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City of San Diego unveils $10 million plan to provide solar energy to low-income communities

Families in communities at highest risk to climate change can get solar energy systems installed for little to no cost.

SAN DIEGO — There is a push for clean energy in communities that may be most at risk to climate change.

The city of San Diego is partnering with San Diego Gas & Electric and the Center for Sustainable Energy to provide solar panels at little to no cost for low income families.

The program is called the San Diego Solar Equity Program.

"It's targeted to low income folks who otherwise might not get access to clean energy because they can't afford the $20,000 it takes to put solar on their rooftop," said Lawrence Goldenhersh of the Center for Sustainable Energy.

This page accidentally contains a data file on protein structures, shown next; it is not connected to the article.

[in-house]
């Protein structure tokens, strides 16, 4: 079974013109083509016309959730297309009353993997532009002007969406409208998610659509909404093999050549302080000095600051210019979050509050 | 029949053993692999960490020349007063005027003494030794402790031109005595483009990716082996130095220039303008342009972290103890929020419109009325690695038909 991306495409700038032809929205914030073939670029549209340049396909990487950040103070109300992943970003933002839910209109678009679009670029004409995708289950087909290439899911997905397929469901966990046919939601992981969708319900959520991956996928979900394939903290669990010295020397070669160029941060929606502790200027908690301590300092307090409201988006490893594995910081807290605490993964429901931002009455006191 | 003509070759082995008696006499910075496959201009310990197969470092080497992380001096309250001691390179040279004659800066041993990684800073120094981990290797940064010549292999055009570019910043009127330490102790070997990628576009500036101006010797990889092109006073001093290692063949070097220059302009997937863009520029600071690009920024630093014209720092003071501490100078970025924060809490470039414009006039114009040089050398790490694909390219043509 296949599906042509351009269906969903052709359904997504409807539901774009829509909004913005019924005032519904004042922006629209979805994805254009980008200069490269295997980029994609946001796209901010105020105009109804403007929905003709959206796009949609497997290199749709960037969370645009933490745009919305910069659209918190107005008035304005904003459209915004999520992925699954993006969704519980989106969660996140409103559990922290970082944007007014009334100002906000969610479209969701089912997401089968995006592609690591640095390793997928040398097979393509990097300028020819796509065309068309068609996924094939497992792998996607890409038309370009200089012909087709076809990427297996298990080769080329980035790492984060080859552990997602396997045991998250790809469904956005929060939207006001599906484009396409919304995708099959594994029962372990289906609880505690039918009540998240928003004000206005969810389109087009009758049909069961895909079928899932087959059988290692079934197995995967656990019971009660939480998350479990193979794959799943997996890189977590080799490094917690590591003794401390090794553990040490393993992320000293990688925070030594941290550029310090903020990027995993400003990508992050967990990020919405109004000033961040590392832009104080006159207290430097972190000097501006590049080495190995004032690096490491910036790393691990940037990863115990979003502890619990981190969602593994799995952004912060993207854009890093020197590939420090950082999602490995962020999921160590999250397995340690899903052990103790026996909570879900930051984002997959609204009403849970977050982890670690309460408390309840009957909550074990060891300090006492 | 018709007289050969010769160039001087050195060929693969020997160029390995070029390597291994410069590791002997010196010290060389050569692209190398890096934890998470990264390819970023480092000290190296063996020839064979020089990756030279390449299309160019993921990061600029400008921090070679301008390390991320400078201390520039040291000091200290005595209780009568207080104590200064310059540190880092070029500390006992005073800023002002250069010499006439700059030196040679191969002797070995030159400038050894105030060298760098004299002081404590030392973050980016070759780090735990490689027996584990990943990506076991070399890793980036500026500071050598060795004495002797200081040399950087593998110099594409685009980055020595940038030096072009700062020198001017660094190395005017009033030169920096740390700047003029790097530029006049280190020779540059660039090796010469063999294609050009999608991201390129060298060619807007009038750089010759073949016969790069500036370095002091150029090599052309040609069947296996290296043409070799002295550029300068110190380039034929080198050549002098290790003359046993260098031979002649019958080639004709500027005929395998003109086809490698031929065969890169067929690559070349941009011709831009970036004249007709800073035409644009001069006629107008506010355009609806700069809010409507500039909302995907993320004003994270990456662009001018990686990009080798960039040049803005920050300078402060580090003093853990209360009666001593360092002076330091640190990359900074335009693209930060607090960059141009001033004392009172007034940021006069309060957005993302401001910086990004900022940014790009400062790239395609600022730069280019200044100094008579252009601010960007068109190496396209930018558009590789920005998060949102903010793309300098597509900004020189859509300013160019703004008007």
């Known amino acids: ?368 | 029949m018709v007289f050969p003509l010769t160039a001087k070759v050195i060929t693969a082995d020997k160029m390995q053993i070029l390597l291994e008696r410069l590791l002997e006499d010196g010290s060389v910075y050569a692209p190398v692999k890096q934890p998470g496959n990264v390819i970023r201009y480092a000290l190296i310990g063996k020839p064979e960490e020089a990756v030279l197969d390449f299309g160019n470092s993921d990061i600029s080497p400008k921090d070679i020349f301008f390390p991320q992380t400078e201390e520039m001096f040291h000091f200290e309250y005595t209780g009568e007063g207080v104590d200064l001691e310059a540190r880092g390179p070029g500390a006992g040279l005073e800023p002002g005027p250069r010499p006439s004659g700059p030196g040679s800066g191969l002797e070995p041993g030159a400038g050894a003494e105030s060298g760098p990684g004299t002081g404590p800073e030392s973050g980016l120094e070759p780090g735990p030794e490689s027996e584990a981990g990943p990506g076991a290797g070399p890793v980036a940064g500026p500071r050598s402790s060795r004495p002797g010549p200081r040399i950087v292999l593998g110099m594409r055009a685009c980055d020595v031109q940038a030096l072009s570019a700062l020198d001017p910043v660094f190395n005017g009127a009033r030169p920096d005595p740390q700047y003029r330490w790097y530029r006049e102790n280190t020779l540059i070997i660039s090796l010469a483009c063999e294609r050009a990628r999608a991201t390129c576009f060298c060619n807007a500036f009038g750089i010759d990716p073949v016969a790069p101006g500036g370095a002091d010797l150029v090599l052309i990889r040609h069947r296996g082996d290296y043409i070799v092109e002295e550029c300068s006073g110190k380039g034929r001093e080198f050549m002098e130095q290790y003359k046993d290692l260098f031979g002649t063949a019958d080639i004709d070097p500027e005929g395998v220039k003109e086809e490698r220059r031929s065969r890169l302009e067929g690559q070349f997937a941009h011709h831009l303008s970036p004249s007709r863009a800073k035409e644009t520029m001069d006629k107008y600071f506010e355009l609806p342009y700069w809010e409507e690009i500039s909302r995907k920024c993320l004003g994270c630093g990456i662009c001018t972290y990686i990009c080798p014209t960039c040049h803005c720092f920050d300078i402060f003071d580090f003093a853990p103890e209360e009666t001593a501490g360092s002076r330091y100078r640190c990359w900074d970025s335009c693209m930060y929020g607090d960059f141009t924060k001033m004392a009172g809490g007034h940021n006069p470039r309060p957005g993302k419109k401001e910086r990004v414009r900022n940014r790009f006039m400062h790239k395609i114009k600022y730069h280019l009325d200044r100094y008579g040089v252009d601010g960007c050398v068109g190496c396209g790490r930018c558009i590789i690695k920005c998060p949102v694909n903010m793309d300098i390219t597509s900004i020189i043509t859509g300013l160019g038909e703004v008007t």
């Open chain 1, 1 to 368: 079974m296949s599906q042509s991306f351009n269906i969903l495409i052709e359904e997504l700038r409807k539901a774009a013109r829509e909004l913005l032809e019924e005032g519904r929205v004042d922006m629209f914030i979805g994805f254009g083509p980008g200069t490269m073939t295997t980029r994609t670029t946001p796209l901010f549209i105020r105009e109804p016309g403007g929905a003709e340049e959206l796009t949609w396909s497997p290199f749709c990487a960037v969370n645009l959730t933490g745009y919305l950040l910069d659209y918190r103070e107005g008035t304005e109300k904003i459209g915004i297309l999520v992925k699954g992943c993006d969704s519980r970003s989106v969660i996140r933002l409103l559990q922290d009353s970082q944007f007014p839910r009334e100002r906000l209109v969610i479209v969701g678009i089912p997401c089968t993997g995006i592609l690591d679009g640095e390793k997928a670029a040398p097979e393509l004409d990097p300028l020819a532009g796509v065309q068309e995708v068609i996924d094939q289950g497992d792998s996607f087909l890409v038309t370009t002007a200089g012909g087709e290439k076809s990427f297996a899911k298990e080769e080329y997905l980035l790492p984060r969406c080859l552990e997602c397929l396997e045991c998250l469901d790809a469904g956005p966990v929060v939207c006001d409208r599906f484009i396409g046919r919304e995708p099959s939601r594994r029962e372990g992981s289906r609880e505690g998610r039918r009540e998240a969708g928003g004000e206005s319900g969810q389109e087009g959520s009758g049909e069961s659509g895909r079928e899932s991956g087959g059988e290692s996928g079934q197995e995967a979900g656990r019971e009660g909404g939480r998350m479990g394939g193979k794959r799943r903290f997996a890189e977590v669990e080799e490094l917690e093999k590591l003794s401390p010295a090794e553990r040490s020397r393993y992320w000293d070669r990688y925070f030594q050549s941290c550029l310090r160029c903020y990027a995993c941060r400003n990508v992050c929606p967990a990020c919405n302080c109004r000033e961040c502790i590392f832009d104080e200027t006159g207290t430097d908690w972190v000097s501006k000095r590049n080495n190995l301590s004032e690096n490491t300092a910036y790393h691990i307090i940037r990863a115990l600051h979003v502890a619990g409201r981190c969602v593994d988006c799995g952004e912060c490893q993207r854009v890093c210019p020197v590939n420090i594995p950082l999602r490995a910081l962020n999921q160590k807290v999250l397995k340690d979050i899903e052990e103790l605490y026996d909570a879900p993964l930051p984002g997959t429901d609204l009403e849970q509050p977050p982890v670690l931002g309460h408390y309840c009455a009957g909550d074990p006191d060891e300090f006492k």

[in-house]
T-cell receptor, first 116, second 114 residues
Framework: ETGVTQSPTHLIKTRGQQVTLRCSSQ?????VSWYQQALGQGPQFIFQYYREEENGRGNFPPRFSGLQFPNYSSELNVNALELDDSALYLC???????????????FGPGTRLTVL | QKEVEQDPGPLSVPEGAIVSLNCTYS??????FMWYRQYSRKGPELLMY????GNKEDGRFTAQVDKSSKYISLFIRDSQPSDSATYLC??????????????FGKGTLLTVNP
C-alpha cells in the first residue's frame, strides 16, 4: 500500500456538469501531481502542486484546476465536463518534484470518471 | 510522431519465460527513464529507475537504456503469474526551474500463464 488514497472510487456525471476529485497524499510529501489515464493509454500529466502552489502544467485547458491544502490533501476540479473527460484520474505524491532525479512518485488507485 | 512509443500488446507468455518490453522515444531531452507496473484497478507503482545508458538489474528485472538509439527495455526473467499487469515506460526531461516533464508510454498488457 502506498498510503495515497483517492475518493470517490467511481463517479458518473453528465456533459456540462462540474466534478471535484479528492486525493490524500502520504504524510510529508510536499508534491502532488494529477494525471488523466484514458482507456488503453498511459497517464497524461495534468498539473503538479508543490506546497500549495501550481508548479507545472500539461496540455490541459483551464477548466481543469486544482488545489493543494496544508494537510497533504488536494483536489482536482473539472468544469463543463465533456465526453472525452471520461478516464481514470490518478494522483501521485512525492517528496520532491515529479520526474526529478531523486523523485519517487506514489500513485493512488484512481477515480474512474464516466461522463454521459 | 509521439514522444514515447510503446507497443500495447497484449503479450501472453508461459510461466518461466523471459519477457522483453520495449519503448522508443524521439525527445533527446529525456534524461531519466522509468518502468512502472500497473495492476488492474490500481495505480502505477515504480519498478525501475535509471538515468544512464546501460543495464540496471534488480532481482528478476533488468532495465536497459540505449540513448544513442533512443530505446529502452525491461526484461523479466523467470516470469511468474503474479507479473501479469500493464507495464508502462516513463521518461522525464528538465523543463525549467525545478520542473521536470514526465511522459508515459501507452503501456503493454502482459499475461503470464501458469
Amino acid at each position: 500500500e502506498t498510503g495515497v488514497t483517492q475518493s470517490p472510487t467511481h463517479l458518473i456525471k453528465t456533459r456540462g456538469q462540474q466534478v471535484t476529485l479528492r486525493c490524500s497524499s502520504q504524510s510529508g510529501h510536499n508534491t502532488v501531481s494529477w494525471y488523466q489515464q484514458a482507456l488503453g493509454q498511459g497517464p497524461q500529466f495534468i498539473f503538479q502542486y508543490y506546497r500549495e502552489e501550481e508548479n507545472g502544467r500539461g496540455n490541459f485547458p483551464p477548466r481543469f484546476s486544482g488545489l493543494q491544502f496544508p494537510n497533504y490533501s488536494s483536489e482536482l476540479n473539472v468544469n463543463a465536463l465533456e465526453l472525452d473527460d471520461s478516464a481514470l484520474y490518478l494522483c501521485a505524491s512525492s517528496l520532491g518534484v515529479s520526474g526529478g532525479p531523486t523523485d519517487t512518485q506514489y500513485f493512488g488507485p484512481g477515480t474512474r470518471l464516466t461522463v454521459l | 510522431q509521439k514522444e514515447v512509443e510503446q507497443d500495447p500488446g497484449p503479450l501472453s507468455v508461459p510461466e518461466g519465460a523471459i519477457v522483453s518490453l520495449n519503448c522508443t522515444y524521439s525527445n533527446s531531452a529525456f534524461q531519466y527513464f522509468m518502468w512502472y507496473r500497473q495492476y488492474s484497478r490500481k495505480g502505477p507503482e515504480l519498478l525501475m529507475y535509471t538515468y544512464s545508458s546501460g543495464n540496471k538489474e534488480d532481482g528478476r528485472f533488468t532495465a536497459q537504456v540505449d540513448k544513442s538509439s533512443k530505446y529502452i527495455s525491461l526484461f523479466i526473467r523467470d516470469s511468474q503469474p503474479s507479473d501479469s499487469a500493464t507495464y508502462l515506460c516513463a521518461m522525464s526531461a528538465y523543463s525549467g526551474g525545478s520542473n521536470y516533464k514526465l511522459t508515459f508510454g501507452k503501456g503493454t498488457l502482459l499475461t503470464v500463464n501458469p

He said the goal is to provide clean energy in communities that historically have had less access to it.

The program covers up to 100 percent of solar installation costs. In addition, it also covers up to $3500 dollars for electrical panel upgrades to prepare homes for solar installation.

The city said its paid for by shareholder funds from SDG&E as part of its energy cooperation agreement. The electrical and gas utility said this program is not paid for by the rate payers.

Who qualifies?

  • You must live in an area deemed as highest risk to climate impacts based on San Diego's Climate Equity Index
  • You must also meet income requirements. For example, a family of four must make less than about $120,000 a year

Applications will open up in September. You can apply by going to the program's website sdsolarequity.org

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